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31  Using Arduino / Displays / Re: LCD Screen Displaying Random Characters on: March 19, 2014, 04:33:15 pm
I'm afraid that I have to say that the soldering of the pin headers is not very good. There are several pins which look like they could be cold solder joints which would explain the intermittent problems.

You need to use a little more solder on some of the joints, and on all of them leave the soldering iron on the joint for longer - maybe ~5 or so seconds of heat on each join after you have applied the solder to give it time to flow onto the pads.
32  Using Arduino / Programming Questions / Re: regarding loop function on: March 18, 2014, 08:47:52 pm
I think you need to move this line into loop() to update the display.
33  Using Arduino / Programming Questions / Re: regarding loop function on: March 18, 2014, 08:13:43 pm
You don't need to call 'loop()' from setup().
loop(); //not needed
34  Using Arduino / Displays / Re: LCD Screen Displaying Random Characters on: March 18, 2014, 08:11:07 pm
Loose connection. Check all your wires.
35  Using Arduino / Programming Questions / Re: Why doesn't this method work? on: March 15, 2014, 07:14:33 pm
This is wrong:

For the 'String' class (which you should be avoiding like the plague), you should use:


This is also wrong:
dataFileName.toCharArray(__dataFileName, sizeof(__dataFileName) + 1);
It should be:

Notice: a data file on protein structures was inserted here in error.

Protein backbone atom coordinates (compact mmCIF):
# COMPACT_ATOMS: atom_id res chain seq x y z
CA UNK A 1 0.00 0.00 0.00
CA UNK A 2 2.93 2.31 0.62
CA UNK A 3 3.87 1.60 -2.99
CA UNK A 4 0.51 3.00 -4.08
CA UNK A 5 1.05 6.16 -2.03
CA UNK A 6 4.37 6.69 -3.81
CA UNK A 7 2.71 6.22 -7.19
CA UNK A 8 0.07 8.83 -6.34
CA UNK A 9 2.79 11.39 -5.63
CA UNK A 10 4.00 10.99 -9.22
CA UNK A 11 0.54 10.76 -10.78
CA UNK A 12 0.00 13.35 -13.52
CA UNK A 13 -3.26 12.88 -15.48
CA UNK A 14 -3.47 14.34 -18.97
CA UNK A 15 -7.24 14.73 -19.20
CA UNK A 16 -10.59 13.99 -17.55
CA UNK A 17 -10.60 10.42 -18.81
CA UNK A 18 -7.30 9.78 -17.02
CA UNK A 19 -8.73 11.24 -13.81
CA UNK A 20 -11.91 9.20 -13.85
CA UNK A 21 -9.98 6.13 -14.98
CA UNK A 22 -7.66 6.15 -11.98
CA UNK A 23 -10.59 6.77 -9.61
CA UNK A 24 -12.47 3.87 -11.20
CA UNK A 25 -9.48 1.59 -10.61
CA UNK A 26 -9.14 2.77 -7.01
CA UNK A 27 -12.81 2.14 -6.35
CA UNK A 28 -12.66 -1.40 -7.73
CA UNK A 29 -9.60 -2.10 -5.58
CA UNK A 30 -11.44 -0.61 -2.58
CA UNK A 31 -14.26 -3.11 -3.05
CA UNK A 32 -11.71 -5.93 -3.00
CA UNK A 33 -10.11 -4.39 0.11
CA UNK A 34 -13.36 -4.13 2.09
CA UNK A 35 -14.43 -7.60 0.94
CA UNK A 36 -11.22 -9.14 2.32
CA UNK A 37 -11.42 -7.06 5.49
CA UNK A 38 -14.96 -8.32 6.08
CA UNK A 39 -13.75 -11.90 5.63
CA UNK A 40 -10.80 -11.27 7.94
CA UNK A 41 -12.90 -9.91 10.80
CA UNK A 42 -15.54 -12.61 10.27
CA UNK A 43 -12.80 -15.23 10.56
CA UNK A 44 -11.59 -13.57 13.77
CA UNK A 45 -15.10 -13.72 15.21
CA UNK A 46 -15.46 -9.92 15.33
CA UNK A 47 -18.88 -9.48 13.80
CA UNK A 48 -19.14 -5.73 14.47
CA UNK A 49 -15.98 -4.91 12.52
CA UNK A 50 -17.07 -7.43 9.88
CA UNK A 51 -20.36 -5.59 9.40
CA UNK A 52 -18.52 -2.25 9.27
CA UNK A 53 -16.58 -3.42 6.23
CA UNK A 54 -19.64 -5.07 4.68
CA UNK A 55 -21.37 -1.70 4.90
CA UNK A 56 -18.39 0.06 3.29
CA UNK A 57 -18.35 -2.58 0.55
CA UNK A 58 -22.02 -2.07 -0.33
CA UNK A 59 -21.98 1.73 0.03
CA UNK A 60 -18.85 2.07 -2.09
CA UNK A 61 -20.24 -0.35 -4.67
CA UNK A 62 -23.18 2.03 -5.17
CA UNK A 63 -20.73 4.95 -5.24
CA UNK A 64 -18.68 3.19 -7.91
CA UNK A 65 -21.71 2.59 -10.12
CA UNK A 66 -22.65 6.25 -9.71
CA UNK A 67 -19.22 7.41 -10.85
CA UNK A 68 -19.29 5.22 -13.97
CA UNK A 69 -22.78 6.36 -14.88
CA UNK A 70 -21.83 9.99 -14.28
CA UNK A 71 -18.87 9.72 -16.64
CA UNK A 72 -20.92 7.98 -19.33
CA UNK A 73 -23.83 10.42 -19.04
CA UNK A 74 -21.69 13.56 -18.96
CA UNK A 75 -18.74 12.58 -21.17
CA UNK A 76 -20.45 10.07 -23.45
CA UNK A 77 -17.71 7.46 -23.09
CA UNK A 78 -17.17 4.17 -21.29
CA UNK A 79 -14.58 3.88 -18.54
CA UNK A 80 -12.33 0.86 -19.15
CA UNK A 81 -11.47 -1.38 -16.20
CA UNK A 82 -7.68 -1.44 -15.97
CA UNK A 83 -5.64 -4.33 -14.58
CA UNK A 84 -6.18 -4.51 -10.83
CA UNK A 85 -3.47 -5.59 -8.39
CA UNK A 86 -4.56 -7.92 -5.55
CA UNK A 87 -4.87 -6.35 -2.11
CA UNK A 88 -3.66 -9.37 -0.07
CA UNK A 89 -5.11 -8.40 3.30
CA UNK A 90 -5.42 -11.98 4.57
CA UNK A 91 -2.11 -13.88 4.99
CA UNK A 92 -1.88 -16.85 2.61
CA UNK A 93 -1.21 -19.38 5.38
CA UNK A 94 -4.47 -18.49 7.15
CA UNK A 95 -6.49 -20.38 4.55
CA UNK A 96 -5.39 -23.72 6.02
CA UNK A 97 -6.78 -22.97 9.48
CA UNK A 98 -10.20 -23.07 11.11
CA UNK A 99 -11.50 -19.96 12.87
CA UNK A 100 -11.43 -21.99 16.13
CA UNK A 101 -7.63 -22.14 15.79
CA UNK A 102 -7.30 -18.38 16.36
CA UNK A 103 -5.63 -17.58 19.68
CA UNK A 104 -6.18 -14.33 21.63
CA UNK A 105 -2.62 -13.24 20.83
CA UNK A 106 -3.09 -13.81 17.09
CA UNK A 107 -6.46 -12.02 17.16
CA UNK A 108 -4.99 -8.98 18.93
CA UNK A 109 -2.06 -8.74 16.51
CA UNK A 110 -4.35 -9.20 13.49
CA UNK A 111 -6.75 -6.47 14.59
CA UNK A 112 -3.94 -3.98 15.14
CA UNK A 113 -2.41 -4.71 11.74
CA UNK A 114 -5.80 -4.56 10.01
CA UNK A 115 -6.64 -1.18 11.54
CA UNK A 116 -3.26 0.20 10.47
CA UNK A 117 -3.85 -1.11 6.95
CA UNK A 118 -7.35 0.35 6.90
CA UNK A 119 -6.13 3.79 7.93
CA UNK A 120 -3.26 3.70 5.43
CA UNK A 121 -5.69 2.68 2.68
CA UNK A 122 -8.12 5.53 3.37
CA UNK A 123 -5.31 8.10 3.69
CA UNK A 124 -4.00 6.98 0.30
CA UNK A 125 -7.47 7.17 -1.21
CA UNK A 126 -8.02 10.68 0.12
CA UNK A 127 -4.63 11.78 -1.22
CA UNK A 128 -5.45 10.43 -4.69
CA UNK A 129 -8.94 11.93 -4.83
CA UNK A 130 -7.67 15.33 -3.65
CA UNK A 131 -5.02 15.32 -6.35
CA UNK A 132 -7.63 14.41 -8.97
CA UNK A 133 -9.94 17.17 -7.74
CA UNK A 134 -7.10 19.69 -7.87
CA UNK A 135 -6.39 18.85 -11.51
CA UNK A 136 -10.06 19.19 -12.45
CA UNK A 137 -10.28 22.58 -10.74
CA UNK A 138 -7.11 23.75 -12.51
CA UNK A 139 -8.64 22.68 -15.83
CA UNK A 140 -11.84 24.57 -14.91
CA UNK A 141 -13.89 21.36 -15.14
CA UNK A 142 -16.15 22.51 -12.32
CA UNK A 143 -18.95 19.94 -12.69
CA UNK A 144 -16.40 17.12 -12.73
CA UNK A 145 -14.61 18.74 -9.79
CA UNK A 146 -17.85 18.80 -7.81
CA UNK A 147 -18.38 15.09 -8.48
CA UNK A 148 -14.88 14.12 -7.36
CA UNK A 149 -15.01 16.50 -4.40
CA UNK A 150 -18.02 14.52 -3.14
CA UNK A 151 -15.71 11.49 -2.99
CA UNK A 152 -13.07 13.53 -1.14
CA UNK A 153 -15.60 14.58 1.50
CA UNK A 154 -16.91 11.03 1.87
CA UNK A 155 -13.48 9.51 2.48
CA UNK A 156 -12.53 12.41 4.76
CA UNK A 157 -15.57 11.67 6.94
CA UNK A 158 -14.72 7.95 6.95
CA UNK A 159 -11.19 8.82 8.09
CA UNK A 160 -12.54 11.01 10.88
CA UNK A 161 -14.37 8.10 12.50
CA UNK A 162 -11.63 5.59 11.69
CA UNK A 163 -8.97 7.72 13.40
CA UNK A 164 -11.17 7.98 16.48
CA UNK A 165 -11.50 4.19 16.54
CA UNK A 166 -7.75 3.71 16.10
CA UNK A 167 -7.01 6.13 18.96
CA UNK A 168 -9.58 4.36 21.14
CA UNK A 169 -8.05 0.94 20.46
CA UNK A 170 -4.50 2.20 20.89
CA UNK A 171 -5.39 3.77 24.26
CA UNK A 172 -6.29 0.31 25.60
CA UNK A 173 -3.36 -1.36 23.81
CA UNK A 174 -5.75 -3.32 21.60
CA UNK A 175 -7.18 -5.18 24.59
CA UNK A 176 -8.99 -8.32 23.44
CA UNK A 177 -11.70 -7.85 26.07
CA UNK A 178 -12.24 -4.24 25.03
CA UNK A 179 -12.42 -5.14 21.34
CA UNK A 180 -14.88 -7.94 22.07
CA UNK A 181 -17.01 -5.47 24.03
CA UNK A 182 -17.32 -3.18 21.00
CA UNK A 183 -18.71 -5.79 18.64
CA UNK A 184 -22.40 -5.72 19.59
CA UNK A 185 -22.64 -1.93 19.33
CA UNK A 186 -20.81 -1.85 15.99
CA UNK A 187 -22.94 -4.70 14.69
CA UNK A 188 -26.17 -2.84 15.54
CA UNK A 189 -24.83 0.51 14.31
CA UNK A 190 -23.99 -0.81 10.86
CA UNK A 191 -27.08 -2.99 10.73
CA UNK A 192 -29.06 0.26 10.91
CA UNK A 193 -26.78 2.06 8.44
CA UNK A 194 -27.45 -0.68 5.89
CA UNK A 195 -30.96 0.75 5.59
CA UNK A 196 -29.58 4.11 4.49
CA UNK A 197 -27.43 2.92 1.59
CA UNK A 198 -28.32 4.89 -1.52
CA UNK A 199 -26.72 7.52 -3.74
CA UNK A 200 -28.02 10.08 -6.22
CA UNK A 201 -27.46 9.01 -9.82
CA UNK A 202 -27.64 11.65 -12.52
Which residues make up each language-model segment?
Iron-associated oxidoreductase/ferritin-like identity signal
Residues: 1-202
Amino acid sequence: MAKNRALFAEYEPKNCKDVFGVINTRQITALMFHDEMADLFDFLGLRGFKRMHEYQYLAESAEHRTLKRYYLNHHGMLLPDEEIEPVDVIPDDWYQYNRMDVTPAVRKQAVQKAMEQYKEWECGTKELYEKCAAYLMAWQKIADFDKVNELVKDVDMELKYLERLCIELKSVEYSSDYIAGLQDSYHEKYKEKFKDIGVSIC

dataFileName.toCharArray(__dataFileName, sizeof(__dataFileName));
36  Using Arduino / Displays / Re: Need pointing in the right direction (TFT diplay) on: March 15, 2014, 06:15:42 am
The TFT Library is based on this:

Which if you read says that it is designed for "1.8" Displays". Presumably very specific displays at that.

Don't expect all TFT displays to be made equal.
37  Using Arduino / Programming Questions / Re: Custom class... WHAT? on: March 15, 2014, 06:04:16 am
A slight tweak should do it.

void setup() {
    memcpy( sequence[0].distance, distanceInitialiser, sizeof(distanceInitialiser) );
    memcpy( sequence[0].rotation ,rotationInitialiser, sizeof(rotationInitialiser) );

Good catch, that's what I meant, just forgot to remove the [10]'s having copied and pasted from the OPs earlier post.
38  Using Arduino / Programming Questions / Re: Ultrasound Sensor on: March 14, 2014, 07:28:31 pm
String strOne =  String(distance, DEC);
     char dist[6];
     strOne.toCharArray(dist, 6); //converts string to char array
What a horrible way of doing it...

Abandon the String class and do something like this:
char dist[6];
39  Using Arduino / General Electronics / Re: Does size matters? :$ on: March 14, 2014, 07:22:58 pm
0402 coming along? I've been using them for over a year as a hobbyist, and they have been on motherboards and in phones for ages and ages.
The latest ones are as small as 0201, and even more impressive, 01005.

The different sizes are governed by several factors:
(1) power - high power means larger size required, so power circuitry tends to use the larger sizes
(2) speed - if you are talking about several GHz, everything behaves like RF signals whipping around in traces. A large physical size component is a massive burden on high-f design.
(3) space - if you have, say, a 64bit data bus and all of the lines need decoupling and terminating, there is simply not enough space to use a large size component - I've found in circuits I've designed in the past for HDMI, that even finding room for 0402 terminations in a tight space is not easy - no chance of fitting 0603 or above.
(4) cost - smaller components mean less real estate on the board = smaller board sizes = more functionality at lower cost.